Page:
So the Southend Tories have done a George W. Bush and declared mission accomplished in their long and bitter war against the closure of toilets. They can now presumably go back to their long and bitter struggle to close Priory House care home.
On a serious note, I was never particularly pleased with the proposal to close public toilets, its presence marring what I think is generally a pretty good budget, Southend’s £11 million Tory cut considered. I spoke out against it in the Labour group meeting, and hoped that it wouldn’t be part of the final passed budget.
I’ve said before that the Conservatives in Southend are in a position where their best talent is outside the chamber. And before their heads get to swollen with compliments, neither Nigel Holdcroft or Tony Cox were exactly blogging powerhouses through December.
Tony has yet to make his triumphant return to the blogging scene (though with the report on the seawall review I don’t anticipate having to wait much longer), but yesterday saw Nigel put finger to keyboard again, with some interesting results.
I disagree with Nigel, the once (and future? -Ed) leader of the Tories in Southend on a great, great many things, but I cannot deny that he is a cool performer, both in the chamber and when it comes to his tone online. Improved, no end, I would say by the adoption of my suggestion that he uses paragraph breaks.
The blog I want to talk about particularly centres around an interesting anecdote about one of the council’s new UKIP contingent…
When I blogged earlier this year about James Duddridge’s constituency surgery, exclusively for Halifax customers, I was clear that in my view it wasn’t malicious, simply a fairly sizeable lapse in judgement.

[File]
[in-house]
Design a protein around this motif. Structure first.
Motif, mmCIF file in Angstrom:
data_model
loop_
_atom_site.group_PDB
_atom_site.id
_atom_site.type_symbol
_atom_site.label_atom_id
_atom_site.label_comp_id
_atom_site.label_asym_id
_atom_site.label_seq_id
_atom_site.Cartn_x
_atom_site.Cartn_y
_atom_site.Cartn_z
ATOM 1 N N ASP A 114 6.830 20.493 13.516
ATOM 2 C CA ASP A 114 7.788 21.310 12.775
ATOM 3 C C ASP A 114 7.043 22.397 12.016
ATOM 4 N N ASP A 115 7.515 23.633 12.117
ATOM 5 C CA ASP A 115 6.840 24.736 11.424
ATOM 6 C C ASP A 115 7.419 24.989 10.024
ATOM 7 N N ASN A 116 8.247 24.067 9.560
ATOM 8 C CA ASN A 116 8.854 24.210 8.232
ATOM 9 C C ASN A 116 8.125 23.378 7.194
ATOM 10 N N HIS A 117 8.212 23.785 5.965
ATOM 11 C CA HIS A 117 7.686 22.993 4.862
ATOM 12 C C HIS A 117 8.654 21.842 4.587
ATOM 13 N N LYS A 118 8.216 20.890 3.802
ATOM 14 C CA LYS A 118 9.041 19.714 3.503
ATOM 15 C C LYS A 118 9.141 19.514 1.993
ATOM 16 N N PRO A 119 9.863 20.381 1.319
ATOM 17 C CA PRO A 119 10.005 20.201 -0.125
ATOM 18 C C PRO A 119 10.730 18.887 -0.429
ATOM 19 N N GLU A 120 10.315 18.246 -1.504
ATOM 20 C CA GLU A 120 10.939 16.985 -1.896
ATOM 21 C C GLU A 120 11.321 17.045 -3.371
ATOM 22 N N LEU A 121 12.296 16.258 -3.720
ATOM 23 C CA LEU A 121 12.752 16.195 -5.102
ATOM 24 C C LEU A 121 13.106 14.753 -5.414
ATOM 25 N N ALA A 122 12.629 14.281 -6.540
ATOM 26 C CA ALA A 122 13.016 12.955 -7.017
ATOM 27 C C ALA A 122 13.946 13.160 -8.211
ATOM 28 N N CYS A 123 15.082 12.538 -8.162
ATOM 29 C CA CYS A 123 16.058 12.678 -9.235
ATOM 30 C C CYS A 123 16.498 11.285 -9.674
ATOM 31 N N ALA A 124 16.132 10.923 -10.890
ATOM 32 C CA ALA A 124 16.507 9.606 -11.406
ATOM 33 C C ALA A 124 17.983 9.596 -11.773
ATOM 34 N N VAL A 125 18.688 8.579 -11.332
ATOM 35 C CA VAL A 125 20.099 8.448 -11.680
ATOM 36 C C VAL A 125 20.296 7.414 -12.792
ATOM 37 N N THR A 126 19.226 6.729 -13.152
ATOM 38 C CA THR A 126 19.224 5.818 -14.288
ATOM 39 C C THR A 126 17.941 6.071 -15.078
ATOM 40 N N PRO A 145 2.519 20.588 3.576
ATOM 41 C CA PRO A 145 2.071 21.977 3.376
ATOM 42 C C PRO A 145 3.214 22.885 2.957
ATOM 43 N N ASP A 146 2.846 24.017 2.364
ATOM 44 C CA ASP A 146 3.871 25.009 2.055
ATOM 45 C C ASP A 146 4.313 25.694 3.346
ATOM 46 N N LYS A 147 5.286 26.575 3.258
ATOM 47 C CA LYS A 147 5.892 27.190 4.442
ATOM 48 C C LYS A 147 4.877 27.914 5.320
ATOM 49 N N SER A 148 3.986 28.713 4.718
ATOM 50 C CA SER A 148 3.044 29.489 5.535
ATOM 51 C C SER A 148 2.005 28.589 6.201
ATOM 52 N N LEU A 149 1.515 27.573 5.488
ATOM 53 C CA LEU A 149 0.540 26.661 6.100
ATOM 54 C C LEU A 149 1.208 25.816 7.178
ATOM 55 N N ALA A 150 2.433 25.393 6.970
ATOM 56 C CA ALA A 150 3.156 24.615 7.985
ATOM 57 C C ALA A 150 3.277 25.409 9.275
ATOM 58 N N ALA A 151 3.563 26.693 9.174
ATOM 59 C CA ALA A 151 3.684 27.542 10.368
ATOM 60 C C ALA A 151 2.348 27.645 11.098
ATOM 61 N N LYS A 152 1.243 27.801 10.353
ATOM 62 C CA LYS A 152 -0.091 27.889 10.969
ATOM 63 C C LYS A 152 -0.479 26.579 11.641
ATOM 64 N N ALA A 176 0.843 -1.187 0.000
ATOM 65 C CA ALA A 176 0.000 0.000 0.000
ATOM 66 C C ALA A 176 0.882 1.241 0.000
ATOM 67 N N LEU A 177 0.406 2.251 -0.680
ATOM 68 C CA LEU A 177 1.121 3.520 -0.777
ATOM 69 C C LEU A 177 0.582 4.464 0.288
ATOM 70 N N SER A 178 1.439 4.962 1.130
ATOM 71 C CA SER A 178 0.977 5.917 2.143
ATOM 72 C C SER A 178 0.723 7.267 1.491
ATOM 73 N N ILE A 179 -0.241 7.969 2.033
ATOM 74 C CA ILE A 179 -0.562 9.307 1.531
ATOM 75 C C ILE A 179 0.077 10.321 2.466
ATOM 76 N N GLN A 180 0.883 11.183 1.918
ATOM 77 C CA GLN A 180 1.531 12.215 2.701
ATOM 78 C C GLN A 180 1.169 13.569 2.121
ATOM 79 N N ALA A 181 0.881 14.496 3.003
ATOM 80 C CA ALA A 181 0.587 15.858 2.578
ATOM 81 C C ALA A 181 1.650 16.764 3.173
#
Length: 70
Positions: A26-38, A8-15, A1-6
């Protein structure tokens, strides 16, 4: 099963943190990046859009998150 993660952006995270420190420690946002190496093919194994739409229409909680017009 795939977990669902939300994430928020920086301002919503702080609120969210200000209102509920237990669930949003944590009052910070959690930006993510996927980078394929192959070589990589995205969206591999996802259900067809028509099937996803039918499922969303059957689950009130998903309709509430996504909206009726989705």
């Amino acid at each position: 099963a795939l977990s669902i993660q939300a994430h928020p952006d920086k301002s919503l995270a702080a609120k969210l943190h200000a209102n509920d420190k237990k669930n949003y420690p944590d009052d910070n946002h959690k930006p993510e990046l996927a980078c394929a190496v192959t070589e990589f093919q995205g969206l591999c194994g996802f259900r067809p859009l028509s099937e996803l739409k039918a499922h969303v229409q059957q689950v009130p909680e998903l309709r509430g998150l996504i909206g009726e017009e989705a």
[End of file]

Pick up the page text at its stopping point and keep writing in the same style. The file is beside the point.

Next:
Much of this falls into the “Well, you would say that, wouldn’t you?” camp. True, I am a Labour activist. True, I am not a fan of Mr Duddridge. And true, I am very much hoping to see him replaced by Ian Gilbert next May. But read on, if you will, as I unfold the pages of another example of the question marks hovering over James Duddridge’s judgement.
It has been, now, over a week since the fun and games of Southend Borough Council’s budget meeting, and a lot of the focus — my own included — has been on Nigel Holdcroft’s accusations of horse-trading against, err, his own administration, and Ron Woodley’s histrionics at his inclusion in the ambit of such horse-trading.
So I’m afraid that I’ve neglected to look at the actual votes cast on the borough’s budget for 2014/15. That is something I shall attempt, in part, to remedy now. It is, I note, difficult because at time of press the council had released no minutes for the meeting.
But from my own observations, and the observations of other bloggers covering Southend local politics, one thing has become apparent: in at least two wards, Independent Party Group councillors cancelled each other out.
My good friend Julian Ware-Lane blogged last week that Southend’s Conservatives had selected their leader and deputy for when current leader Nigel Holdcroft steps down at the elections in May.
There aren’t any surprises therein — except that I haven’t seen anything yet on the matter from those few Conservative councillors who actively blog — with current deputy John Lamb to replace Holdcroft, and Southchurch Councillor Anne Holland as the new deputy.
The significance really depends on the state of affairs after May. If the Conservatives cling on to control — they won’t hold their majority, but depending on which way the wind blows the Independents or Lib Dems may prop up a Tory administration — then this will be the new leader and deputy of Southend Borough Council.
Which makes it all the more interesting that, as Julian pointed out, Cllr Holland doesn’t actually live in the Borough of Southend.